In a recent post, I discussed all the phases of our master bathroom renovation. It included before pictures, a first phase renovation, and a complete renovation of our master bathroom. In case you are considering your own master bath reno, here is a breakdown of our renovation.
We knew pretty quickly that we were going to shiplap part or all of the master bathroom through the renovation. During the renovation, we uncovered old layers of wallpaper that was hidden by a massive mirror and would have to complete significant drywall patches. One thing we hate more than anything is finishing drywall, and we always try to find ways to cover up wall imperfections. In the past, we have used beadboard and pine planks. Because shiplap is very pretty and all the rage, it was a no brainer for us to use it.
Shiplap is not inexpensive. It is thick wood planks and we chose to purchase pre-primed planks to save time. For our small space, the shiplap cost us around $500.
Thankfully, most vendors allow for the purchase of samples. Samples in our home helped us make decisions on colors, flooring and more. Most paint places will allow you to purchase paint samples for $4 a sample. Paint colors can be changed, but other aspects of a renovation like tile are more difficult to change after installation. Take the time to try out samples before finalizing decisions. Having placed samples together against colors, we ultimately decided on a completely different paint color than what was tested in this photo.
Color and Paint
My husband and I enjoy color in our homes. We also love white and the contrast of color against white. After a long debate of dark grey colors, a friend of mine suggested I try Naval by Sherwin Williams. Because we are frequently at Home Depot, we are fans of Behr paint and matched the Naval color with the Behr paint color Dark Denim. We were very happy with the color in the end.
We used a satin finish because it is a bathroom and were very pleased with the outcome.
The vanity pictured above was solid oak and sold with the countertop. The cost was about $1,600 purchased through a local retailer. We could have purchased it online through Home Depot, but we feared that the countertop would not survive the shipping process. Being able to touch and look at the vanity in the store was reassuring and saved us about $200.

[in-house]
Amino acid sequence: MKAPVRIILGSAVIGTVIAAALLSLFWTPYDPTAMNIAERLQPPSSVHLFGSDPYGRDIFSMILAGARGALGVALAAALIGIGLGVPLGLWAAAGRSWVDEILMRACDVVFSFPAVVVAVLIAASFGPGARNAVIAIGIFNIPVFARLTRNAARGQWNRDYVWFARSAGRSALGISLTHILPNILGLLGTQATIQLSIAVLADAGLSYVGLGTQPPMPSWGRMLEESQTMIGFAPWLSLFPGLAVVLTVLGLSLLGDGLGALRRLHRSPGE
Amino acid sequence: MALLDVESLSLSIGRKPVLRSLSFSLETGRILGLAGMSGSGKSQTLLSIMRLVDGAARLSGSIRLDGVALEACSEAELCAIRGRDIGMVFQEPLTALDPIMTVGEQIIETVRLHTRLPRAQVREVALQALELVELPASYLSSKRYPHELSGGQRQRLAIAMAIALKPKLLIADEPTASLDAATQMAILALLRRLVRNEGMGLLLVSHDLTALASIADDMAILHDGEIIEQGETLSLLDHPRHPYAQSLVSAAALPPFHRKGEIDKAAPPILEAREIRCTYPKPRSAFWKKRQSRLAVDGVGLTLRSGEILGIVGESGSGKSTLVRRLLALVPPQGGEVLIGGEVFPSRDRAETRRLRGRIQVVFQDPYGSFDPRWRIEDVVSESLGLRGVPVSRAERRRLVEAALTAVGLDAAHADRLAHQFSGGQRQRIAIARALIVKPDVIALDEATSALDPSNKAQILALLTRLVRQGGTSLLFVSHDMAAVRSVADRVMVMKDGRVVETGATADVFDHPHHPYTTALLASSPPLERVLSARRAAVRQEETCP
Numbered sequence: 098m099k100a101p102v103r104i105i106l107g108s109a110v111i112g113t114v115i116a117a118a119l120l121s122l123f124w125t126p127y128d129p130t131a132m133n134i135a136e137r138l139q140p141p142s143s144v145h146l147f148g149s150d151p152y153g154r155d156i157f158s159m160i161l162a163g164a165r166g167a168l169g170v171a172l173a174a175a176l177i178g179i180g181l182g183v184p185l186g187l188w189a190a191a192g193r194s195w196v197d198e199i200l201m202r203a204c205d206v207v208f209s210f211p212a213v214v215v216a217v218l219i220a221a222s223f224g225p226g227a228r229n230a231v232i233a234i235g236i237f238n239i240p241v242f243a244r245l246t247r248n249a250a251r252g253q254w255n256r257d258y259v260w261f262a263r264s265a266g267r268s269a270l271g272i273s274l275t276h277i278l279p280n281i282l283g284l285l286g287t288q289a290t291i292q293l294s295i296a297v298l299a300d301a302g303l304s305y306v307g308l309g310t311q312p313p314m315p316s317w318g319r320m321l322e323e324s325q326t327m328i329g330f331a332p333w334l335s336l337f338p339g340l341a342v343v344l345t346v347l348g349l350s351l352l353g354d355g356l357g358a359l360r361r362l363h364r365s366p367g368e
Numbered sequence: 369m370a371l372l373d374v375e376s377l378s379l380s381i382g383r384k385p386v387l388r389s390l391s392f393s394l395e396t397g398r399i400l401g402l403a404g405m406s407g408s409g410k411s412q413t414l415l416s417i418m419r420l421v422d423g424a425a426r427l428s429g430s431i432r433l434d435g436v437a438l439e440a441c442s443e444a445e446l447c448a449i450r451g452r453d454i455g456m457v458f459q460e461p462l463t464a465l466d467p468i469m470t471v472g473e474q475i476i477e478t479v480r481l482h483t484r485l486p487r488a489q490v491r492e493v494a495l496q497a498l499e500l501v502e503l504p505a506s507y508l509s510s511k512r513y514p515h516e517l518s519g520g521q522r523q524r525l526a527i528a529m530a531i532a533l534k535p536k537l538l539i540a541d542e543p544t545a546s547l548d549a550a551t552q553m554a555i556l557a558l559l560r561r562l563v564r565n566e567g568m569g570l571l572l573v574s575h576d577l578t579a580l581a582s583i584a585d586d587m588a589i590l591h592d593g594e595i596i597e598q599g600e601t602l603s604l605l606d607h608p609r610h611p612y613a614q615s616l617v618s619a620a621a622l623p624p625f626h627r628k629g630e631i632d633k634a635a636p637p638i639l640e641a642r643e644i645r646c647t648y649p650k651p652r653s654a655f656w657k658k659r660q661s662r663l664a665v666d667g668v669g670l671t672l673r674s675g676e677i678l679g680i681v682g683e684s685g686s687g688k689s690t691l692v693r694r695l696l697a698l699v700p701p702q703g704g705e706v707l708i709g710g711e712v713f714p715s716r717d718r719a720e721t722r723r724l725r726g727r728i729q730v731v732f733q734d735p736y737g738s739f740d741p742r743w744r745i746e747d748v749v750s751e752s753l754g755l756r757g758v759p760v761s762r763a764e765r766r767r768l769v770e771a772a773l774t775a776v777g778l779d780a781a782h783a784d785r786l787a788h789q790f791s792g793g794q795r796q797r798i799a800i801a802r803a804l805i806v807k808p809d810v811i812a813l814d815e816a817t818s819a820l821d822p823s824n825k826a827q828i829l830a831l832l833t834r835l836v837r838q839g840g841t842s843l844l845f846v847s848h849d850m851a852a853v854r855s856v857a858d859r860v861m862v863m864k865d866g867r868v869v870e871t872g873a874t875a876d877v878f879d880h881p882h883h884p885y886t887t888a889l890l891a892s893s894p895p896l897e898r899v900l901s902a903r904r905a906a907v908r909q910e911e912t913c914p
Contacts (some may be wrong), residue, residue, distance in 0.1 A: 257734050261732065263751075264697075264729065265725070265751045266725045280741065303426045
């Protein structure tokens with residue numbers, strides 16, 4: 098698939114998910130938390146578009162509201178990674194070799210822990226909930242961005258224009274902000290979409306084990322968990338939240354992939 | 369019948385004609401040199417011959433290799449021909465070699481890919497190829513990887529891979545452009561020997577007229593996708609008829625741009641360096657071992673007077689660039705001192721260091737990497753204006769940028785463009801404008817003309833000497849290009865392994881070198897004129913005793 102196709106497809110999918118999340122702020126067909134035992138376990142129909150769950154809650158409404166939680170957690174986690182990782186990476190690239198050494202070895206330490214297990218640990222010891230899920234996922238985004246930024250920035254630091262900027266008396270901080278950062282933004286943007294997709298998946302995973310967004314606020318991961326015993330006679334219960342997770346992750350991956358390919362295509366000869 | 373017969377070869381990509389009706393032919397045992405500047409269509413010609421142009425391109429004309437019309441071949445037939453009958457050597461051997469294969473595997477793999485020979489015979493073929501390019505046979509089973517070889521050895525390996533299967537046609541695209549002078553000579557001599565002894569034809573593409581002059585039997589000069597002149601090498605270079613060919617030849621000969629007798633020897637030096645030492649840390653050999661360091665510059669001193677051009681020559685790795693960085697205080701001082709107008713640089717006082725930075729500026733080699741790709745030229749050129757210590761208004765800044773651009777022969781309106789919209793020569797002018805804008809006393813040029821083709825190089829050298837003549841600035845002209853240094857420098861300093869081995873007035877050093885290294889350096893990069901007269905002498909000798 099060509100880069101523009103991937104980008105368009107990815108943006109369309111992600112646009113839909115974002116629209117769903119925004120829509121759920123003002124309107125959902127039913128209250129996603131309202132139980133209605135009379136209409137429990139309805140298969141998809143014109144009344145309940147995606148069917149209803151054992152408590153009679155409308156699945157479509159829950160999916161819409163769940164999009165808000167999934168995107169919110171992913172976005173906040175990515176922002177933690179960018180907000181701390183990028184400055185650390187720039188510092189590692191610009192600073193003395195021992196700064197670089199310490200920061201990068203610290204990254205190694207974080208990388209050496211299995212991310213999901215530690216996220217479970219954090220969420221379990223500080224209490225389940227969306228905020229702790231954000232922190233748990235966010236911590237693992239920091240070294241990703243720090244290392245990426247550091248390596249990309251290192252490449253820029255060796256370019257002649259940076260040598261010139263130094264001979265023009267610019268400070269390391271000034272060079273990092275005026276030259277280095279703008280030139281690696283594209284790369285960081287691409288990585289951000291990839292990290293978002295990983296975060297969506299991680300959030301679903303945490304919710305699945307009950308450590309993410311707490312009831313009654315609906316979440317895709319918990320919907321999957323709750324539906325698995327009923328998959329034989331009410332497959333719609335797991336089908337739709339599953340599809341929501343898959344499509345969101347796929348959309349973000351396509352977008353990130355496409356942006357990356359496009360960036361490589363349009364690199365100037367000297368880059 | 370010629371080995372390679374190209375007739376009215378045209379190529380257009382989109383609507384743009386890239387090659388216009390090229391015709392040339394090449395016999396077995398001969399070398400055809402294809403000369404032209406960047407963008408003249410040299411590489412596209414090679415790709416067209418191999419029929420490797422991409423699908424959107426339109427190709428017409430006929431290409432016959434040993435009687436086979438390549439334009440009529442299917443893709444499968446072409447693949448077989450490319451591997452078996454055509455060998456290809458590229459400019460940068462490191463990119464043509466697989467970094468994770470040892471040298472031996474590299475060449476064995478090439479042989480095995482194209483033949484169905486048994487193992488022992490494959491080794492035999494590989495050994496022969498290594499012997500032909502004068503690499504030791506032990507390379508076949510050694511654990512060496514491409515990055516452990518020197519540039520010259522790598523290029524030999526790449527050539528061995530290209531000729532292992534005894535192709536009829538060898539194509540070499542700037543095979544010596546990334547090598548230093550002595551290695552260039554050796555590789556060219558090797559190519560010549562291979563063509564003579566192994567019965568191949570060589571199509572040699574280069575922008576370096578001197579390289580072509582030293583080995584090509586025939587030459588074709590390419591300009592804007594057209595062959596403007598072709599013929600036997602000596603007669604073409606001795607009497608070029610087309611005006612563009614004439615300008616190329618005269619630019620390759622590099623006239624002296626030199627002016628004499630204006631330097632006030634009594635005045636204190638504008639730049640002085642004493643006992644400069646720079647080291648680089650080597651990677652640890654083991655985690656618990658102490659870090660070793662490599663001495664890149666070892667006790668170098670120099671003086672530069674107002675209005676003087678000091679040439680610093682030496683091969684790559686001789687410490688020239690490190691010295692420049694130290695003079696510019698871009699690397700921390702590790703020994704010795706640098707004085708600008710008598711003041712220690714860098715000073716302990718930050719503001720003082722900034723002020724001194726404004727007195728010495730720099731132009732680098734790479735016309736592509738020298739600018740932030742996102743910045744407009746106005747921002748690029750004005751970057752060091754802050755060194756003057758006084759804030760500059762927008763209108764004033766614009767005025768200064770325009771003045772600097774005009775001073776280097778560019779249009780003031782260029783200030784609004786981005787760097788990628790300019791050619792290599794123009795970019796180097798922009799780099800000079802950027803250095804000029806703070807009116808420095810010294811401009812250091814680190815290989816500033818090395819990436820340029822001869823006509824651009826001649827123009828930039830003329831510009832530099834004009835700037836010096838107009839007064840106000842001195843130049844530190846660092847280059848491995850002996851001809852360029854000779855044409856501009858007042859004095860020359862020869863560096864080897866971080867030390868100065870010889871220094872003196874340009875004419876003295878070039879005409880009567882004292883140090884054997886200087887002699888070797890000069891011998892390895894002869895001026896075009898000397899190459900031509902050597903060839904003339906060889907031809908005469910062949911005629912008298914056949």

Although gold finishes are all the rage right now and would have looked amazing with the blue colors, we opted for satin nickel finishes. We find the new gold finishes to be very pretty, but we have removed so many 1980’s gold finishes from all our homes, it is difficult for us to purchase more gold.
We found all the tile we needed and more through Floor and Decor. They allowed us to purchase samples, and store employees helped guide us to options available. Not only do they have an abundance of tile to choose from, but they have samples put together with grout options to see the finished outcome.
In the shower, we opted to purchase a solid white ceramic shower base. The shower base looked high quality and worked with the colors we picked out with our tile. In addition, there would be no tile grout lines to clean in the floor of the shower. The walls of the shower were ceramic tile with a marble look. To enhance the look of the shower, we did a feature wall with marble. To give the shower a finished look, we carried the crown molding into the shower. The crown molding is made from PVC material and can withstand the impact of moisture, unlike wood.
Unfortunately, we do not have a full breakdown of all the costs. Life was moving fast as we moved soon after we finished the renovation. We spent somewhere between $7,000-$8000 on the renovation saving some funds by completing some of the labor ourselves.